I’m living for the month in a one-bedroom apartment that the landlord is trying to rent as a two-bedroom by converting the living room into another bedroom and the oversized kitchen into a kitchen/dinette/living room combination. It’s not really a feasible proposition, but as a one-bedroom this apartment would be fabulous for a couple; it’s large, and attractive, and very reasonably priced. (Although due to a variety of reasons I won’t go into here, I am currently living here for free.)
The apartment is on St. Clair Avenue West in Toronto, near Dufferin. Those who know Toronto will be aware that this places it smack dab in the middle of the Corso, the Italian/Spanish/Mexican uptown strip. Indeed, just around the corner is a tiny little Mexican diner, pupusas only $2.25 apiece, made on the spot, stuffed with pork, beans and cheese, and loaded down with cabbage and thin, spicy tomato sauce. (And their burros are even better, and only three-fifty.) A gelateria down the street provides some of the smoothest, most delicious gelato I’ve ever had. The laundromat across the street is clean, open twenty-four hours, and obviously entertaining in its way. The fruit market downstairs next to the tiny little cafe I live over (which provides the free wireless I am stealing right now) has fresh pineapples for seventy-nine cents apiece.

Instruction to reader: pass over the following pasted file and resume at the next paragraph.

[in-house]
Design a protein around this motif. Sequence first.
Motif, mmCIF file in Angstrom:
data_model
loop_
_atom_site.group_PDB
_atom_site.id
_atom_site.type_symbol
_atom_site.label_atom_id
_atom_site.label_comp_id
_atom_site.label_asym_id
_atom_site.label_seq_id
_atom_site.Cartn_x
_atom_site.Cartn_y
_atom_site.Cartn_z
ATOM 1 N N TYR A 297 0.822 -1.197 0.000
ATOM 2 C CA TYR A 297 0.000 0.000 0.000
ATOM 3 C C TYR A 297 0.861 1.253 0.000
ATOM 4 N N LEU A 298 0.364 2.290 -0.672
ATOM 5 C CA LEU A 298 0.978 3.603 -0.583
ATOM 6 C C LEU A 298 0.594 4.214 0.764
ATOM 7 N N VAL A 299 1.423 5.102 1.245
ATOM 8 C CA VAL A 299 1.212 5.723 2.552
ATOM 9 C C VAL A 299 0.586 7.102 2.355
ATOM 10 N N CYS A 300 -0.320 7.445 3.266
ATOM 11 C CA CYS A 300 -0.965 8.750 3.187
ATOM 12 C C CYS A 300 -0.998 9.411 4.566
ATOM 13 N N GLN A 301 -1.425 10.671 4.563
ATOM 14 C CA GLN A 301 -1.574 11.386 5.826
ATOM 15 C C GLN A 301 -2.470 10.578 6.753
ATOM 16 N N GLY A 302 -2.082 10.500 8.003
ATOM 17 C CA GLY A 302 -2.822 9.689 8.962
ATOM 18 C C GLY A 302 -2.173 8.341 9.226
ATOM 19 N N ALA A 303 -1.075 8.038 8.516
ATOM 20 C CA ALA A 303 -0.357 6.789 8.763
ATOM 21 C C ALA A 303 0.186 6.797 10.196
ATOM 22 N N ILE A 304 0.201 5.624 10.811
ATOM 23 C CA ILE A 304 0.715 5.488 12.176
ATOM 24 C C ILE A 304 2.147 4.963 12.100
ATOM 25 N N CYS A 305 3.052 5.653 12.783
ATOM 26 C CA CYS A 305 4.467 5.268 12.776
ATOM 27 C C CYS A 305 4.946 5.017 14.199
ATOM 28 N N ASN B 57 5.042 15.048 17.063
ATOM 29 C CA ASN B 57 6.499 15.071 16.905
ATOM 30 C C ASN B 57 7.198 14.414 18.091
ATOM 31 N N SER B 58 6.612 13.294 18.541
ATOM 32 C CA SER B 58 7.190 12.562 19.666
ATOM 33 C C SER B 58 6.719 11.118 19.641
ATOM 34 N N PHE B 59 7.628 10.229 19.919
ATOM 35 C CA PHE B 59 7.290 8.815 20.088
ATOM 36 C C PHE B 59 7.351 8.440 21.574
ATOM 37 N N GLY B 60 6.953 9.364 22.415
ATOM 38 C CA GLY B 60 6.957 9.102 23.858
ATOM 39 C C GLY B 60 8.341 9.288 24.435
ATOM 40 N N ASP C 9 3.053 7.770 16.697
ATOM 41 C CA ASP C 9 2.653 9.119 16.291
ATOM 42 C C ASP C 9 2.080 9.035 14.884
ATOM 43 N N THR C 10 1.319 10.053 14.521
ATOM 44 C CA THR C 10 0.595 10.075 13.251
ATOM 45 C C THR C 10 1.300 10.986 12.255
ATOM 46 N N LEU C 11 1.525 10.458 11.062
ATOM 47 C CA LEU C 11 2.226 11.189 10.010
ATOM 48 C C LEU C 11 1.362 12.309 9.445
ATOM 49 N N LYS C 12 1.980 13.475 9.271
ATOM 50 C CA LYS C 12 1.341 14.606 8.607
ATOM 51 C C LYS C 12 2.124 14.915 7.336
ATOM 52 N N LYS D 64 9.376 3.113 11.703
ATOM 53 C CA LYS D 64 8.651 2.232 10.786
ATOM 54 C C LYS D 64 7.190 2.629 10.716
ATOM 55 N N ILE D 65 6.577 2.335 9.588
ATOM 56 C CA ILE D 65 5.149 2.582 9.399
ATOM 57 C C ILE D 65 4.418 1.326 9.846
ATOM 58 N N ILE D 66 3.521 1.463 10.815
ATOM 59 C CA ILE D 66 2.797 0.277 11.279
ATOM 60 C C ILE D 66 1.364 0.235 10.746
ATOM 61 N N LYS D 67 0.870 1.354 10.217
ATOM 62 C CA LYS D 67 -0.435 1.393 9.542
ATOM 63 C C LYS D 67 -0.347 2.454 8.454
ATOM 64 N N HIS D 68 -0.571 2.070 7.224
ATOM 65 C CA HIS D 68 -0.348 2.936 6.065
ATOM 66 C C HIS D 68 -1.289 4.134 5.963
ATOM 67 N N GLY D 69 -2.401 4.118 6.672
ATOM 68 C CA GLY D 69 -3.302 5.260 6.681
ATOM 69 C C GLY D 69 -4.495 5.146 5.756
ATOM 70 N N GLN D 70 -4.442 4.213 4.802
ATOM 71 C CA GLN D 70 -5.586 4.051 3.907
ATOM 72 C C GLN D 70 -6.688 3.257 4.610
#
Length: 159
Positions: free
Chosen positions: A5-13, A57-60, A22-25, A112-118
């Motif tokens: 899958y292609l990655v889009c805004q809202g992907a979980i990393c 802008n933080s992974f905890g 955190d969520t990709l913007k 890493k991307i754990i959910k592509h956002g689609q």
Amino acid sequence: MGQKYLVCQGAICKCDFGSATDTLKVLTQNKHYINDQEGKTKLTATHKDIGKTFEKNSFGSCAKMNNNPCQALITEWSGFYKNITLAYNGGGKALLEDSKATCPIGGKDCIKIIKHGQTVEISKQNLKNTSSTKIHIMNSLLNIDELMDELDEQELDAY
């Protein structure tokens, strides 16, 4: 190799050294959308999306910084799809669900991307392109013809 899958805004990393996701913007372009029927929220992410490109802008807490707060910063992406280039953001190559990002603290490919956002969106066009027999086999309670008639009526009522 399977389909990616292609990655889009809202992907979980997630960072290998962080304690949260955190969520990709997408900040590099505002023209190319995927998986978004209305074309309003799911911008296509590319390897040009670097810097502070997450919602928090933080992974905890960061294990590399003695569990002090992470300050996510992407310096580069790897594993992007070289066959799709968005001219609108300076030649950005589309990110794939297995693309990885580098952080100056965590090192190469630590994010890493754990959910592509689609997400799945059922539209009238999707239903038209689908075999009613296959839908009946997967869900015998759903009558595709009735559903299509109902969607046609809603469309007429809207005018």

Right now, as I study Cooper v. Hobart for Legal Process tomorrow, the back porches that cover the rears of these stores and buildings are alive with Italian and Mexican families, chatting quietly in the twilight. Somebody starts up a CD of slow sambo music, and a chorus of half-a-dozen voices dotting across the night spontaneously arises. Occasionally, there is laughter, of the sort that you only hear when a really dirty joke just got told. Sure, the dirty jokes are in Spanish and Italian – but you can tell by the delivery (and the occasional cuss word you might understand) that they’re dirty jokes.
I know there are arguments for small-town life, but for the life of me, I hope I never understand them, that I continue to understand them as little as I do tonight.